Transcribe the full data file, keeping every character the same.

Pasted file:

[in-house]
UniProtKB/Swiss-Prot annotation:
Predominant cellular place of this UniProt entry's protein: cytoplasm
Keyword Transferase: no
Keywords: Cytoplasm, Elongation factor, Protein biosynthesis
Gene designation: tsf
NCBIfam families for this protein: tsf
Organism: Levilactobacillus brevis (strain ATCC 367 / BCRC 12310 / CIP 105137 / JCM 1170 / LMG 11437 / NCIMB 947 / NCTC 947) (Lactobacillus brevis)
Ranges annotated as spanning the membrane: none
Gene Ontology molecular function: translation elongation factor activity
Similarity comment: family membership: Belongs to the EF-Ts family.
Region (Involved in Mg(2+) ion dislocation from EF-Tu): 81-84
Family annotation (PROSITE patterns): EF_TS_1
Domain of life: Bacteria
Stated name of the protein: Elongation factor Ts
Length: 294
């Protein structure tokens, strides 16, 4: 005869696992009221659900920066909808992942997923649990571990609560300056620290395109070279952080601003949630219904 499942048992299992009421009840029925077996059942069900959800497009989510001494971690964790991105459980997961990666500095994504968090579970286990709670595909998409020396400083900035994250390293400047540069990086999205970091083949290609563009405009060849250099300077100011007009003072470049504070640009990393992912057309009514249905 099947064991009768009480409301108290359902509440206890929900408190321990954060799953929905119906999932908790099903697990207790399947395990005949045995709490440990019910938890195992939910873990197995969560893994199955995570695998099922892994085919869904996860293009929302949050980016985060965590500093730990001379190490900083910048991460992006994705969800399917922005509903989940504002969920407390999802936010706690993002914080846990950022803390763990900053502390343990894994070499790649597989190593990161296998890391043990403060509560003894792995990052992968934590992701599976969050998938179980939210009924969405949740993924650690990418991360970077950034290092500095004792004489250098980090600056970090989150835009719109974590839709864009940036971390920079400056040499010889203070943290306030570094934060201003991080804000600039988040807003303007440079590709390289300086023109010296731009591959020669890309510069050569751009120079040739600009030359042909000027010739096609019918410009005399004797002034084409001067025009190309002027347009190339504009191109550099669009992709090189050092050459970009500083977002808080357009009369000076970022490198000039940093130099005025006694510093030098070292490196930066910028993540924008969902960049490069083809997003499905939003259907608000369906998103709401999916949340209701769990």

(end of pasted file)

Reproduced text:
[in-house]
UniProtKB/Swiss-Prot annotation:
Predominant cellular place of this UniProt entry's protein: cytoplasm
Keyword Transferase: no
Keywords: Cytoplasm, Elongation factor, Protein biosynthesis
Gene designation: tsf
NCBIfam families for this protein: tsf
Organism: Levilactobacillus brevis (strain ATCC 367 / BCRC 12310 / CIP 105137 / JCM 1170 / LMG 11437 / NCIMB 947 / NCTC 947) (Lactobacillus brevis)
Ranges annotated as spanning the membrane: none
Gene Ontology molecular function: translation elongation factor activity
Similarity comment: family membership: Belongs to the EF-Ts family.
Region (Involved in Mg(2+) ion dislocation from EF-Tu): 81-84
Family annotation (PROSITE patterns): EF_TS_1
Domain of life: Bacteria
Stated name of the protein: Elongation factor Ts
Length: 294
């Protein structure tokens, strides 16, 4: 005869696992009221659900920066909808992942997923649990571990609560300056620290395109070279952080601003949630219904 499942048992299992009421009840029925077996059942069900959800497009989510001494971690964790991105459980997961990666500095994504968090579970286990709670595909998409020396400083900035994250390293400047540069990086999205970091083949290609563009405009060849250099300077100011007009003072470049504070640009990393992912057309009514249905 099947064991009768009480409301108290359902509440206890929900408190321990954060799953929905119906999932908790099903697990207790399947395990005949045995709490440990019910938890195992939910873990197995969560893994199955995570695998099922892994085919869904996860293009929302949050980016985060965590500093730990001379190490900083910048991460992006994705969800399917922005509903989940504002969920407390999802936010706690993002914080846990950022803390763990900053502390343990894994070499790649597989190593990161296998890391043990403060509560003894792995990052992968934590992701599976969050998938179980939210009924969405949740993924650690990418991360970077950034290092500095004792004489250098980090600056970090989150835009719109974590839709864009940036971390920079400056040499010889203070943290306030570094934060201003991080804000600039988040807003303007440079590709390289300086023109010296731009591959020669890309510069050569751009120079040739600009030359042909000027010739096609019918410009005399004797002034084409001067025009190309002027347009190339504009191109550099669009992709090189050092050459970009500083977002808080357009009369000076970022490198000039940093130099005025006694510093030098070292490196930066910028993540924008969902960049490069083809997003499905939003259907608000369906998103709401999916949340209701769990």